Ah, flea markets, where you learn what you’re really made of. Do you walk out empty handed, or do you go home with the sack of mismatched chess pieces, a tattered sombrero and an embalmed porcupine fish on a stick?
In and around Hiroshima, the term “flea market” covers a lot of territory, from housewives with boxes of stained baby clothes and old exercise routines on VHS to exquisite handmade jewelry and antiques, often sold side by side.
At their best, these markets offer not only bargains, but a chance to interact with locals in a festive, very family friendly atmosphere. The folks manning the stalls range from one-time participants clearing out their closets to professional dealers, and there’s often food and drink for sale, along with a corner for performances. You truly never know what you’re likely to stumble across, so get out there and take a look.
Markets in and around Hiroshima city.
Senda Wasshoi Matsuri Flea Market
This is one of the bigger markets in town, held regularly on the former grounds of Hiroshima University. Emphasis here is on the “matsuri” portion of the event’s name; the organizers really do try to create a festive atmosphere. The website informs me that the market on February 11 will be the 342nd one held, so these folks know what they’re doing. A wide variety of vendors are on hand selling just about everything you can think of short of functioning military ordnance. If you’re on the hunt for something in particular, be warned that the gates open at 7:00, and other avid buyers arrive early to snap up the best of what’s on offer.
Time: Sunday, February 11, from 7:00. Postponed until the following day in case of rain.
Place: 1-1 Senda-machi, Naka-ku Hiroshima city. The old Hiroshima University Campus.
Website: http://sendawasshoi.web.fc2.com/ (top page displays the date of the next market)
Kure Port Pier Park
The site of a former amusement park, Kure Port Pier Park is located on the Hiroshima Kure Road, a toll road running along the coast of the Seto Inland Sea. The park, usually called “Portpia,” is now host to a series of events, including a number of markets that are worth a visit. In February, for instance, there will be a “Dynamic” market on the weekend of February 10-11, dealing in antiques and clothing. On February 24, another market will also showcase antiques and children’s clothing, along with other handmade items and goods for “daily life.” It will run alongside a local fruit and vegetable market on the same day, which offers other specialty food items as well.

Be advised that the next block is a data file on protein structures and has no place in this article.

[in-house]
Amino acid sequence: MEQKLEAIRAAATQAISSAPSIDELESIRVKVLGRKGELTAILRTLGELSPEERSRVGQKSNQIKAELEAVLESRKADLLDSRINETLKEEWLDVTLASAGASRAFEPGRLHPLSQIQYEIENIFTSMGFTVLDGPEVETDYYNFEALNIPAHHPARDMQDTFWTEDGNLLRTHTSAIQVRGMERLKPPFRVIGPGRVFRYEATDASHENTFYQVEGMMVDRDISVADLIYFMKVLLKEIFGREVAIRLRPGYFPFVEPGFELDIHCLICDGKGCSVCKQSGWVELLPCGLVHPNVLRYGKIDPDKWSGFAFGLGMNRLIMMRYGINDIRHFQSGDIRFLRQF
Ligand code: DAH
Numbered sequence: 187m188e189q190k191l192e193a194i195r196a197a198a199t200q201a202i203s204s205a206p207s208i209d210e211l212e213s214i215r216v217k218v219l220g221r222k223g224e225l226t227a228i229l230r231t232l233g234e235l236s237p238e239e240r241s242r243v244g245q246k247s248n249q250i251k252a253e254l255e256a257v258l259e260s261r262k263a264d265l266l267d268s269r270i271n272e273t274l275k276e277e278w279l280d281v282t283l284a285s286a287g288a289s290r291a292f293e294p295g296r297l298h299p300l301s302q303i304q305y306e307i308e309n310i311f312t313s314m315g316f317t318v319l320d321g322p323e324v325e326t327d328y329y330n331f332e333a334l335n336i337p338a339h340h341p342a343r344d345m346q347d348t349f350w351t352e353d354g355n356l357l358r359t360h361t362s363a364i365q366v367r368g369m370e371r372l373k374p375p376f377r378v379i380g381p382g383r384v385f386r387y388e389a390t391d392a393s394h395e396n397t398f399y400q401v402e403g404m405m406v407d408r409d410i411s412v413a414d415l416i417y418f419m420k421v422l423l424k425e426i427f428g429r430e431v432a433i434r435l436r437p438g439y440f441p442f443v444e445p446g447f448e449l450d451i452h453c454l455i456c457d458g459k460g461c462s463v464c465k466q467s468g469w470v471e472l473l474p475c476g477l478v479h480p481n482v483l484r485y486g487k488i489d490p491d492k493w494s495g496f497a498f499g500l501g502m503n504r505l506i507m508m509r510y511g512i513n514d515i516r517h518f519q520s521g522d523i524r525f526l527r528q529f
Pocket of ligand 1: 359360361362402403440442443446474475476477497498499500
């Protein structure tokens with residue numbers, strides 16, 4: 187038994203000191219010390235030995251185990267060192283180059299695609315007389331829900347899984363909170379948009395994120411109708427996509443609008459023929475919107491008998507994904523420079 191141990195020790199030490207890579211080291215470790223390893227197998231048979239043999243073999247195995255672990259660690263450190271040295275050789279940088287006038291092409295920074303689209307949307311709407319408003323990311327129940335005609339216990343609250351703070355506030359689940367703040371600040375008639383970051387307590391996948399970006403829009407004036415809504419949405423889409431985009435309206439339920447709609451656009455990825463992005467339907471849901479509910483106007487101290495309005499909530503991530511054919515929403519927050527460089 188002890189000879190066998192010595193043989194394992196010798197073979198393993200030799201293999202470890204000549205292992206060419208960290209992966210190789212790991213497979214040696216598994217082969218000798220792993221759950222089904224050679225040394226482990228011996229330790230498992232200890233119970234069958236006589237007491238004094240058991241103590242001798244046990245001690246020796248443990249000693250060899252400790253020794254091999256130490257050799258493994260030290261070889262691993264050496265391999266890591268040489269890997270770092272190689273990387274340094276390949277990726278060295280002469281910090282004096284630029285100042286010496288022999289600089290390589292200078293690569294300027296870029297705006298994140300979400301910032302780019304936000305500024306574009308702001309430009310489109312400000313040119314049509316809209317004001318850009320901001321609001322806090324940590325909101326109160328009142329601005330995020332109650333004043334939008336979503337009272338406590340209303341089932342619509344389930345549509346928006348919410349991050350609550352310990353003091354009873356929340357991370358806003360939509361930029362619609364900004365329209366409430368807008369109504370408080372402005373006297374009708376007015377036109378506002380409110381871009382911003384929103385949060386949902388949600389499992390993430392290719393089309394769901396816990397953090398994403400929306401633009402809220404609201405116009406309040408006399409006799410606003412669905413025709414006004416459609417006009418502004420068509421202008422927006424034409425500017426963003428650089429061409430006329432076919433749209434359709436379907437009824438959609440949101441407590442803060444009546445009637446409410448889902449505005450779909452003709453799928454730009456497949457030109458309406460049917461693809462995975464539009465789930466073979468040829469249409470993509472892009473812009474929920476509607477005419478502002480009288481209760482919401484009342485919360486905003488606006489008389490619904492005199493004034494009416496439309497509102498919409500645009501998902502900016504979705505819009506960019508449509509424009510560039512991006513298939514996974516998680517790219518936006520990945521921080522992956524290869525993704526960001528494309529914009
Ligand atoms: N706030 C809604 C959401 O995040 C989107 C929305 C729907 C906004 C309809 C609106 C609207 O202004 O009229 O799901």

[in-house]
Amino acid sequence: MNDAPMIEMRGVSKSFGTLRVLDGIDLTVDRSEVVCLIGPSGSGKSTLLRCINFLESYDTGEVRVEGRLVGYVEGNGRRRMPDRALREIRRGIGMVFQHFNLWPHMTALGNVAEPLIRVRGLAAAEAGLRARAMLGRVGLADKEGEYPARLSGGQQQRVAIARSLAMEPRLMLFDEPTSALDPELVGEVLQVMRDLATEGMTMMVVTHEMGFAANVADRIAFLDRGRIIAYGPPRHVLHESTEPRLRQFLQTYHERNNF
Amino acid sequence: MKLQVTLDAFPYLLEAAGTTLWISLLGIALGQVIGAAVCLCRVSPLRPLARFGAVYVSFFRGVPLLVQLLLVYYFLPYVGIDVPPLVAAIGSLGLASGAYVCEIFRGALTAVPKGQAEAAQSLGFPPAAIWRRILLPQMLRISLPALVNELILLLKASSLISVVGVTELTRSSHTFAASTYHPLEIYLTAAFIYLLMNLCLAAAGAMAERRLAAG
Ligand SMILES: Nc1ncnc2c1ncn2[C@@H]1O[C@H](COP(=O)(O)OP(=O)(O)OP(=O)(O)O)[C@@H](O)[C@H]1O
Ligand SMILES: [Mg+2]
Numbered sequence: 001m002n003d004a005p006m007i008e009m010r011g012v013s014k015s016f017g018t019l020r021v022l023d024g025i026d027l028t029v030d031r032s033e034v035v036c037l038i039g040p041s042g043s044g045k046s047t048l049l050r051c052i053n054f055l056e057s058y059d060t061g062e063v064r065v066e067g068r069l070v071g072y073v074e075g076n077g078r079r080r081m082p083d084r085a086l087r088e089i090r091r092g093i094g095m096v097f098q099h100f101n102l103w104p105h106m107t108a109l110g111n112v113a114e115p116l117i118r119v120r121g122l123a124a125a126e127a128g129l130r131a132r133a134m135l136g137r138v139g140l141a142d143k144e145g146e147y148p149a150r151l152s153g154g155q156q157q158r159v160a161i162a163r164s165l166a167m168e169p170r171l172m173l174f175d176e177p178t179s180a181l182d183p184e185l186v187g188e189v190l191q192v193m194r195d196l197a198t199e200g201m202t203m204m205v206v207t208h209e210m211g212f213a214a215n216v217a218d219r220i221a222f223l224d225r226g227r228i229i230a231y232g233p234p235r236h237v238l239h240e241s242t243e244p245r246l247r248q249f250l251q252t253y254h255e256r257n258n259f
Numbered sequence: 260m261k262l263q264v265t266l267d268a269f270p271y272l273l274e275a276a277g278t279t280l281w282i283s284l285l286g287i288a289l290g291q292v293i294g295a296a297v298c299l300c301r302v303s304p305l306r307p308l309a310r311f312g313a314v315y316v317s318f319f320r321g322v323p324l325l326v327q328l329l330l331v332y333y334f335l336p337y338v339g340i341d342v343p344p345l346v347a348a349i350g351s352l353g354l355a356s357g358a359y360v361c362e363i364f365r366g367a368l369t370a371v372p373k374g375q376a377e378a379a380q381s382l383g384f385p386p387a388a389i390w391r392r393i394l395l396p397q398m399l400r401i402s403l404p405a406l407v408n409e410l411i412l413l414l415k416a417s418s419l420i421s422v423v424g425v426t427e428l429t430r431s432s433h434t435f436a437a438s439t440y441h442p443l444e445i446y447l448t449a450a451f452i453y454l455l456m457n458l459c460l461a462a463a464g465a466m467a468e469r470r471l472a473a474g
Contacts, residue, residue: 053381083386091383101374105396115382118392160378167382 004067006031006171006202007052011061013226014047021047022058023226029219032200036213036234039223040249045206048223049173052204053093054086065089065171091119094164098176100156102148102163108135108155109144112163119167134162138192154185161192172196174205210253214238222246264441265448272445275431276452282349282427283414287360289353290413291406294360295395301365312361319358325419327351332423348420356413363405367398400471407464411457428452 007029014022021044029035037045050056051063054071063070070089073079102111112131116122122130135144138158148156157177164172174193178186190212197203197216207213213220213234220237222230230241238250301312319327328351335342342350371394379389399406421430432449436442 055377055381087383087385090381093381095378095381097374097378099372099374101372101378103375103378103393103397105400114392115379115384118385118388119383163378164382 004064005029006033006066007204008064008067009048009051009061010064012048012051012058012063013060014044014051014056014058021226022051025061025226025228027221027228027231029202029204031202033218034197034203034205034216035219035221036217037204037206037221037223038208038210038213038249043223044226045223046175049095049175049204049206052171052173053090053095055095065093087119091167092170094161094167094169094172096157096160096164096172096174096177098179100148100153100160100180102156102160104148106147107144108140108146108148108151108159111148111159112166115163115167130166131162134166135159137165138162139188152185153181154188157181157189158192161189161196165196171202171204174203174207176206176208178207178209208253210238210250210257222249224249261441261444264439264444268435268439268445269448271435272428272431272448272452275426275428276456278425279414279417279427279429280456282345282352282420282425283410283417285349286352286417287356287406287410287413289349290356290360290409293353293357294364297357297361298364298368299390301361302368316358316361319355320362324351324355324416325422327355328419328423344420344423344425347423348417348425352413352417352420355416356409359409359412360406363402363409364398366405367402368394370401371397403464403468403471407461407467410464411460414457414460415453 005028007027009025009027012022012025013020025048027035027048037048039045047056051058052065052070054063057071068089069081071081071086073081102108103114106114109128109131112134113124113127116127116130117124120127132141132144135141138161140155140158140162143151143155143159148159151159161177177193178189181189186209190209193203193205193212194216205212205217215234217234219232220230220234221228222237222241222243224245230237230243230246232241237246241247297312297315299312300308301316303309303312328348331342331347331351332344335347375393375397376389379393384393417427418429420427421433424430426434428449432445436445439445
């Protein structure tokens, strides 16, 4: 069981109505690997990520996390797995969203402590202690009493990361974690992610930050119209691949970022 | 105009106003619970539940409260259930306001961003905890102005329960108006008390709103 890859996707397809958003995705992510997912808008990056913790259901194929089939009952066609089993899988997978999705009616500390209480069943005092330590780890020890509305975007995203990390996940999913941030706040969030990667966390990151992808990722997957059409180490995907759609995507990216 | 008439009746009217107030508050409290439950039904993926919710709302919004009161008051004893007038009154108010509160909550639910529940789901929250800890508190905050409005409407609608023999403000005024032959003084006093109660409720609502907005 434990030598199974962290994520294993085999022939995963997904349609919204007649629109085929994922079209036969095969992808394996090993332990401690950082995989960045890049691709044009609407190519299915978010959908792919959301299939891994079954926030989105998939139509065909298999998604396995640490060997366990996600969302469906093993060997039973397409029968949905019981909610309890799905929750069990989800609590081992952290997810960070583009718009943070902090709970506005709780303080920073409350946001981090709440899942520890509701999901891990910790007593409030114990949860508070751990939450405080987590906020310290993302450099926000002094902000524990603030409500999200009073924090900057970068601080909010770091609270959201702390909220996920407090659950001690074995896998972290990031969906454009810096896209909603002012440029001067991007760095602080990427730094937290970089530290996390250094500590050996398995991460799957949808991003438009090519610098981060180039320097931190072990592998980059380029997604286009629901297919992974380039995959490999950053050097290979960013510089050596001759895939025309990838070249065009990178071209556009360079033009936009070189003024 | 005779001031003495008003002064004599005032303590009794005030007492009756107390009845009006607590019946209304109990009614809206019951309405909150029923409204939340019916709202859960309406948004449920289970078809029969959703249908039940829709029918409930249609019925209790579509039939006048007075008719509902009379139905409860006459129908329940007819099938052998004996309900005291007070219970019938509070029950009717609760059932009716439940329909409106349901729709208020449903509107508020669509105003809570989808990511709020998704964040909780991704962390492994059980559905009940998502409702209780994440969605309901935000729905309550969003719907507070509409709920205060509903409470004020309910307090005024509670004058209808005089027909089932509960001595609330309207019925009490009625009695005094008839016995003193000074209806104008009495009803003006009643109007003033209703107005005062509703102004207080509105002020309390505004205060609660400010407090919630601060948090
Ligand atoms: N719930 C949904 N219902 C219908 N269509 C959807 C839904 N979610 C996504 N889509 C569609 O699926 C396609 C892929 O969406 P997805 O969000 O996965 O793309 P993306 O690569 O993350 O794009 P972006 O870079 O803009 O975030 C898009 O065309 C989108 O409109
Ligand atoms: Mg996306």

Time: “Dynamic Market,” Saturday and Sunday February 10-11, 9:00-16:00.
“Rakuichi-sai” clothing and antique market, Saturday February 24, 9:30-16:00
Fruit and Vegetable market, Saturday February 24, 9:00-14:00
Place: 2-3 3-Chome, Tennoohama, Kure City, Hiroshima Prefecture. Accessible by car (approx. 25 minutes from downtown Hiroshima) or the JR Kure Line (get off at Portpia Station)
Daisho-in’s Tsuitachi-ichi and Okagesama-ichi
Daisho-in Temple on Miyajima, dating to the 9th century, may seem an unlikely spot for a flea market, but the head priest has allowed vendors into the temple grounds in order to revive the old island market that was long a feature of life here. The larger market is held on the first of each month, and quite a few vendors set up stalls in the temple’s forecourt to sell goods ranging from old kimonos and books to handmade jewelry and folk crafts. There are also occasional performances, and English interpretation is available if needed. If the weather is cooperative, the combination of the setting and the eclectic, always interesting array of stalls makes this a good stop on any trip to Miyajima. A smaller version of the market, called the Okagesama-ichi, is held Saturday to Wednesday from March to early December. And Daisho-in is always worth a visit.
Time: Tsuitachi-ichi Market. The first of each month, rain or shine. 10:30-15:00
Okagesama-ichi Market, Wednesdays to Saturdays, March through early December, unless preempted by temple events. 10:30-15:00
Place: Daishoin Temple, 210 Miyajima-cho Hatsukaichi-shi. A twenty minute walk from Miyajima’s ferry terminal, up the hill from Itsukushima Shrine. Pick up a free map at the terminal if you think you’ll have trouble finding it.